An employee at a Starbucks in a New Jersey branch who returned to work earlier this month and handled food after testing positive for hepatitis A may have possibly exposed thousands of customers to the virus.

Forbes report said this could be the reason for an unfolding of the public health crisis in the state. Media organizations have reported that an employee of the coffee shop, specifically in Gloucester Township, may have infected Starbucks customers with the disease.

According to Dan Keashen, the county spokesperson, the Camden County Health Department was notified on Wednesday and closed the Gloucester Township branch of Starbucks.

After the notice was sent to the health department, it was also reported that people who frequented the said outlet of the coffee shop were not yet vaccinated for Hepatitis A. They are advised to get vaccinated as possible but not later than 14 days from contact.

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Science Times - Thousands of Starbucks Customers Possibly Infected with Hepatitis A; Reports Say an Employee May Have Caused the Infection
(Photo: Aprido Islam Perdana on Pexels)
An employee at a Starbucks, who returned to work earlier this month after testing positive for hepatitis A and handled food possibly exposed thousands of customers to the virus.

Hepatitis A Vaccines for Starbucks Employees

In a statement posted on the county's website, Paschal Nwako, Camden County Health Officer said the county health department has been closely working with the patient and the staff at Starbucks to address the problem.

The official explained that their highest priority is to guarantee everyone involved stays safe and healthy. The patient is not working at present, and close contacts have already been identified.

Nwako added that they encourage anyone who may have been exposed to get the hepatitis A vaccine from the county health department or their primary care physician.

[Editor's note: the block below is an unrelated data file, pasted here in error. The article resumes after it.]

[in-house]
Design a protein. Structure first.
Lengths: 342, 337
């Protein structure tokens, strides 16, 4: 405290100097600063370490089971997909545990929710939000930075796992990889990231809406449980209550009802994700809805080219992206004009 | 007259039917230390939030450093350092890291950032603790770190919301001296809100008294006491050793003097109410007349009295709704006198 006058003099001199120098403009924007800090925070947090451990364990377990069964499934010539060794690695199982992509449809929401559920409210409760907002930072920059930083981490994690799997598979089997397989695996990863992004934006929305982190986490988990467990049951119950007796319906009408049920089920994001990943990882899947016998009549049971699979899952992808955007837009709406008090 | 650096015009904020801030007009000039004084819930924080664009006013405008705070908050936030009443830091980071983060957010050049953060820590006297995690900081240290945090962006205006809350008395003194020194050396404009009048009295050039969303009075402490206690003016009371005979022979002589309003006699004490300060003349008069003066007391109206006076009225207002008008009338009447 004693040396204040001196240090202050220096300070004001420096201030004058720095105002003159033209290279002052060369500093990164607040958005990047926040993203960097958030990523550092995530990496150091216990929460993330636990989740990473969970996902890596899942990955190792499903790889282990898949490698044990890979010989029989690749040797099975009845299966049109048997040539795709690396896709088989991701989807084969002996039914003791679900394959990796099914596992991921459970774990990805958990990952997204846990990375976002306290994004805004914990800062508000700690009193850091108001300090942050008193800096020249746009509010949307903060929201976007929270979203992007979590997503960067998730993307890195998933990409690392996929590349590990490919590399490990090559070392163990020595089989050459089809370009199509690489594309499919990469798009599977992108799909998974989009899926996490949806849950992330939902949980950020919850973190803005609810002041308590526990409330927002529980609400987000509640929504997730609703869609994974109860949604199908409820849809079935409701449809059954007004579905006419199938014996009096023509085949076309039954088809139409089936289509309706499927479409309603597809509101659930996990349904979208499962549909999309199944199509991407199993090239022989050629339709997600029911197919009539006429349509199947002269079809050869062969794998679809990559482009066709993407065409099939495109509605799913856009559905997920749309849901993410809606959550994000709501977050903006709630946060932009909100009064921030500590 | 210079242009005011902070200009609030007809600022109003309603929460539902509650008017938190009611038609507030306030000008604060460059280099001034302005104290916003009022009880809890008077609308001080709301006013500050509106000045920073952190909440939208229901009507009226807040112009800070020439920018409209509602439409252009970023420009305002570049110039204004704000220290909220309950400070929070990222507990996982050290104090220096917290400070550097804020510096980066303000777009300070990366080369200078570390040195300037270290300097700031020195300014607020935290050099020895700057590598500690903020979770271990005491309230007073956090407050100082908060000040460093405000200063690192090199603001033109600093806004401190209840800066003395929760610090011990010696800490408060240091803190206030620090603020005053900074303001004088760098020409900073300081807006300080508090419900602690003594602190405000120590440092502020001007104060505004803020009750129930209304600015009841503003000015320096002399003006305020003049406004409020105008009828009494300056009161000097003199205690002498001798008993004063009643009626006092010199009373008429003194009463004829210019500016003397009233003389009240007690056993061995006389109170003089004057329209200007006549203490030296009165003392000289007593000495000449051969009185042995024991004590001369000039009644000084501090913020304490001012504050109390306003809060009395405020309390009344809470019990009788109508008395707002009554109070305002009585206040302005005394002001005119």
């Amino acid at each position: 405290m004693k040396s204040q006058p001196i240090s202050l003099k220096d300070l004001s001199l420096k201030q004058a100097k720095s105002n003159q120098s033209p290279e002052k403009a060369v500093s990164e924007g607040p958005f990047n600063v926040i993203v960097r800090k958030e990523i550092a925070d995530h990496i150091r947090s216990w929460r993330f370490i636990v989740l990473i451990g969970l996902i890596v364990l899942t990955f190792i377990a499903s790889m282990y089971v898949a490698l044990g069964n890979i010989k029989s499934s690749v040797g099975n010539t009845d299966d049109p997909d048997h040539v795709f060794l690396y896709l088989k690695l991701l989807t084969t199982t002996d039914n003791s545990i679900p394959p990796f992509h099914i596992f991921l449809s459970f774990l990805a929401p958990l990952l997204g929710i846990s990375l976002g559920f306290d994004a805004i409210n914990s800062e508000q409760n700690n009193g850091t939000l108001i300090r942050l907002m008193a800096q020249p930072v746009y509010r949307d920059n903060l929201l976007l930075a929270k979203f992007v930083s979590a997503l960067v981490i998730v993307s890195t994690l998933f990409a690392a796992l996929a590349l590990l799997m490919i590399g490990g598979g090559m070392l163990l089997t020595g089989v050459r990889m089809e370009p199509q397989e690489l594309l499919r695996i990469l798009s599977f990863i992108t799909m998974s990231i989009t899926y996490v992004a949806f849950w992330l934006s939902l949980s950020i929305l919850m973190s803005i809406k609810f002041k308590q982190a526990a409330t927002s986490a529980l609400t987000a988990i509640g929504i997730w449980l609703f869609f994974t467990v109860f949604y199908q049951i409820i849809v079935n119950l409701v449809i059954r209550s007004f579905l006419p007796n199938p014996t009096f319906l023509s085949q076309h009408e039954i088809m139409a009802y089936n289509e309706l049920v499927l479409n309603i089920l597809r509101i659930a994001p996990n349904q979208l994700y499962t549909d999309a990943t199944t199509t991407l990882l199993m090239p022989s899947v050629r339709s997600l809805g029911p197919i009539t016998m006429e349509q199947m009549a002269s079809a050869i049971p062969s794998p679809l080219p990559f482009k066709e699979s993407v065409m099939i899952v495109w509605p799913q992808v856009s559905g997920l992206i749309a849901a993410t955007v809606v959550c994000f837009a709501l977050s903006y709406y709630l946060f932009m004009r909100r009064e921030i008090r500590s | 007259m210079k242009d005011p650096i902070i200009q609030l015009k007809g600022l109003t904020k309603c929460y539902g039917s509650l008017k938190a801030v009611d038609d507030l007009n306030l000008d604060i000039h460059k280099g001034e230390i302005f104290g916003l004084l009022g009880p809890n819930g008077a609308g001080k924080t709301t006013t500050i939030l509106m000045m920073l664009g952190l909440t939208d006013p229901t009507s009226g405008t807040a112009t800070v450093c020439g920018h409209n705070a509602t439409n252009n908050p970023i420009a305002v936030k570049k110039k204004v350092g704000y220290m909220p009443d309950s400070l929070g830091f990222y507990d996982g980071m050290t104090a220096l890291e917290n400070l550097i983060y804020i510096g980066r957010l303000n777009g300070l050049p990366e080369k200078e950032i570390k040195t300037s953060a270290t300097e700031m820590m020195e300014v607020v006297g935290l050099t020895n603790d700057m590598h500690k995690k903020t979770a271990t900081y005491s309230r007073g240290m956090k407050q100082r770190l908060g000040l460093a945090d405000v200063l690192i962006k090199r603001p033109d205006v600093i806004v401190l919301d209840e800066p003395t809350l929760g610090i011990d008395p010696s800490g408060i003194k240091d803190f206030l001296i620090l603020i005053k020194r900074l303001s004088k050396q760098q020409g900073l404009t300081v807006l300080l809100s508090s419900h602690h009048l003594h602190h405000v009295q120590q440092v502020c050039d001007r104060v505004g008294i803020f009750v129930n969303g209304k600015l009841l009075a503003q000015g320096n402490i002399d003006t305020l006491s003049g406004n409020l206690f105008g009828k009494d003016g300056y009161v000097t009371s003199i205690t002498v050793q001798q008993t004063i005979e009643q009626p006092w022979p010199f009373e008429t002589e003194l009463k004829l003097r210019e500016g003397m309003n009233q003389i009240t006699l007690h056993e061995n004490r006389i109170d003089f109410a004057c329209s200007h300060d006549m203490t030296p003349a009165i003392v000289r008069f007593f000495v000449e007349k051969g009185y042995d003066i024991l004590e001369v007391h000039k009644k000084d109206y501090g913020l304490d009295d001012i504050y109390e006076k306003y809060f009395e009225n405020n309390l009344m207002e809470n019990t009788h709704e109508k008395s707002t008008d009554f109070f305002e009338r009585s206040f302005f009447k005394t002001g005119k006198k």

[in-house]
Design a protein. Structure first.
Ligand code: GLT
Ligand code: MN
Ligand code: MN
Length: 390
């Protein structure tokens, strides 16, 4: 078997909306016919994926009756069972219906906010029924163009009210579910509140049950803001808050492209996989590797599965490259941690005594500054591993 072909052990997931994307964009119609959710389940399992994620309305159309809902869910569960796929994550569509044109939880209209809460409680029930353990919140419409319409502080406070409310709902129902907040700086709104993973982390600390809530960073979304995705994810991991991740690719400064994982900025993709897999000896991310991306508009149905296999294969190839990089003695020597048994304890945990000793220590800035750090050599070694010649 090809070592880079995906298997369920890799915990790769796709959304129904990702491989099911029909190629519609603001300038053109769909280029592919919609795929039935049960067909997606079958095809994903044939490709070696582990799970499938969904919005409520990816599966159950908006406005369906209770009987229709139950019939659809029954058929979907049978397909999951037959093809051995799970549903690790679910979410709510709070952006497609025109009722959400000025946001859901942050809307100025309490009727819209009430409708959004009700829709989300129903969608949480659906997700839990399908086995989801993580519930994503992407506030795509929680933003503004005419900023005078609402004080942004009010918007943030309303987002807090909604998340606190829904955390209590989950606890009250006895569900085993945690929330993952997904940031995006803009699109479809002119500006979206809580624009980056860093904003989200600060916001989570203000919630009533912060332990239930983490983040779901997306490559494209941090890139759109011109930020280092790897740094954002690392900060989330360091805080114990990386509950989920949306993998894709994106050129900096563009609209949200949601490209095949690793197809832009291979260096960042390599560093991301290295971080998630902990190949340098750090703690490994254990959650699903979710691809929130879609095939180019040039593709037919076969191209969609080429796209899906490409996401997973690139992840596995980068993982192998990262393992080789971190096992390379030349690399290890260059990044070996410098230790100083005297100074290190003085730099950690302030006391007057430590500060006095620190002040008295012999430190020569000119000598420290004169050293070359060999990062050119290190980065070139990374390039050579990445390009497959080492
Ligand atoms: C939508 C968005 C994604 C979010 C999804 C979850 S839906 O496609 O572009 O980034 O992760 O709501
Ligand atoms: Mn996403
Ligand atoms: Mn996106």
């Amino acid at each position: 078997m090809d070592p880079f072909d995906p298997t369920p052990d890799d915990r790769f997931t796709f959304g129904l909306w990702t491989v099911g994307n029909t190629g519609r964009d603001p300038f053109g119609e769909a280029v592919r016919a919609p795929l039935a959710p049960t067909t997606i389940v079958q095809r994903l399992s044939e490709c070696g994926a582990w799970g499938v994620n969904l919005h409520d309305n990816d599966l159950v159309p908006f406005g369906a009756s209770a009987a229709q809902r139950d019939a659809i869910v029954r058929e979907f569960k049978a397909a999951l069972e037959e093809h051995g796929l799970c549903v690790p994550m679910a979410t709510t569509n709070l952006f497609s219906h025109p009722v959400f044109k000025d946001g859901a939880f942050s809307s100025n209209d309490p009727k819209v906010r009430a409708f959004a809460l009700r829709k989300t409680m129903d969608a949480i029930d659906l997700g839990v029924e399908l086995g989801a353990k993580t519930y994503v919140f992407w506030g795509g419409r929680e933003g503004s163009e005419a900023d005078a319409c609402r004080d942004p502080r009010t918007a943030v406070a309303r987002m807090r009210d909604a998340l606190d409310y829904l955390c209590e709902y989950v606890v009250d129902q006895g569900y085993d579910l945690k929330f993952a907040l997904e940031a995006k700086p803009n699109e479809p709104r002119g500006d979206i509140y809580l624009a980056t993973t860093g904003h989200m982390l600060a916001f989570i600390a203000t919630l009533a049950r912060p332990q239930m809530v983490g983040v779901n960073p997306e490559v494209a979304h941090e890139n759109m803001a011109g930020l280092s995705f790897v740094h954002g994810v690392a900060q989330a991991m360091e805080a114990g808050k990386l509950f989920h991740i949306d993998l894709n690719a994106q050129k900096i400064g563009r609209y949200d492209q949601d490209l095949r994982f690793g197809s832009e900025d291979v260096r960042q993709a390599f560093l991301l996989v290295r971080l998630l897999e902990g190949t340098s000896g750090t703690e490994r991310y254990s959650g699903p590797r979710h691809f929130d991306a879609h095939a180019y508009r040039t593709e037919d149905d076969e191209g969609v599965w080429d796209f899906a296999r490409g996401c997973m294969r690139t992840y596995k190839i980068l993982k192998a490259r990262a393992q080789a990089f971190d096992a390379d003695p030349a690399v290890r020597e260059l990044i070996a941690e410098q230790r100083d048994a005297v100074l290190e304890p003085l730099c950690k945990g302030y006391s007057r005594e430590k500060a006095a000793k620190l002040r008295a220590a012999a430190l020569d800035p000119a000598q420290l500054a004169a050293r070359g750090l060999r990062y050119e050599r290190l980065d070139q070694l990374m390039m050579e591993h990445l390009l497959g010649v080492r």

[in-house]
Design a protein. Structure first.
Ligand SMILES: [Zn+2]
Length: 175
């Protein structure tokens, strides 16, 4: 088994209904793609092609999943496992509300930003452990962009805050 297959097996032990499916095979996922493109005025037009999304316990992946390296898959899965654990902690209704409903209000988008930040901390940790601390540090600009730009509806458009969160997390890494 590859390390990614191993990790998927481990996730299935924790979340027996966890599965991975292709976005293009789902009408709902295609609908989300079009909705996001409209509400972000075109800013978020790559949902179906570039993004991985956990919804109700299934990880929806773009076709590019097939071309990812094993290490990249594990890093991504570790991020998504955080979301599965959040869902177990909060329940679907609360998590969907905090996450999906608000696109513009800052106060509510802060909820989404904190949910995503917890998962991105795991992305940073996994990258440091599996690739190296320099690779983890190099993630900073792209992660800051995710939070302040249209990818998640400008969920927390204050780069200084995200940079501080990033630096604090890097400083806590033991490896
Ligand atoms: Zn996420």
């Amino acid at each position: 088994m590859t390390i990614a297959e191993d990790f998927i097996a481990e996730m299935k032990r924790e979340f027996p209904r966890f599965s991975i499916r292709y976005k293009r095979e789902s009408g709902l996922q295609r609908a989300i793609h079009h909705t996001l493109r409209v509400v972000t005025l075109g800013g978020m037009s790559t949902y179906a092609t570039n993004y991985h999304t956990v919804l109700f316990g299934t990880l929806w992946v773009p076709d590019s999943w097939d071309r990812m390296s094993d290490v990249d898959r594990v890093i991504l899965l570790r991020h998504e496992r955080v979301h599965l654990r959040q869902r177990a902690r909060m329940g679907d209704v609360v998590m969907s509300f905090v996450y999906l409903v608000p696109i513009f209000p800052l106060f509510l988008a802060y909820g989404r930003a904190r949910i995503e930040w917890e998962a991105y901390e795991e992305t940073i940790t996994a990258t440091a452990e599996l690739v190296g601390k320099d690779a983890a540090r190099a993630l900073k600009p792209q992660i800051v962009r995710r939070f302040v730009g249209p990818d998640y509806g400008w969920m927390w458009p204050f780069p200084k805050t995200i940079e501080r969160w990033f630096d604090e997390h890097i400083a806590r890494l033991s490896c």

To address the issue, public health employees administered 17 hepatitis A vaccines to Starbucks employees on Thursday,

Public health employees provided 17 hepatitis A vaccines to Starbucks employees later last week and set up a pop-up vaccine clinic nearby, Friday and Saturday, WTOP reported.

To date, 800 vaccines have been inoculated, marking the largest hepatitis A vaccine initiative in the state's history, said Keashen.

Exposure to Virus, Possibly in Thousands

According to Keashen, Starbucks is saying the said location is a very busy area adding, they have 600 patrons each day on average, and some are returning customers, probably going multiple times every day. However, the exposure is possibly in thousands.

The county spokesperson also said a Starbucks spokesperson told him that he emphasized with their employees and the communities' "health and safety" would remain their top priority.

Therefore, continued Keashan, as soon as they were notified of this particular employee's diagnosis, they immediately acted to minimize risks to both patrons and employees.

A Very Contagious Disease

According to the Centers for Disease Control and Prevention, hepatitis A is a very contagious disease. It is a transmission when an individual unknowingly ingests the virus, even in microscopic quantities, through close personal contact with a person infected with the virus, or through consuming contaminated food or drink.

Symptoms of hepatitis A can last up to two months, and they may include nausea, fatigue, jaundice, and stomach pain.

Most hepatitis patients do not experience long-lasting illnesses. The best way to avoid the infection is to get a hepatitis A vaccine.

The employee who got infected with the virus is now in recovery. According to the latest reports, no one has tested positive for the virus following their possible exposure. A report about the Starbucks employee who tested positive for hepatitis A and possibly transferred the virus to thousands of employees is shown on Newspaper's YouTube video below:


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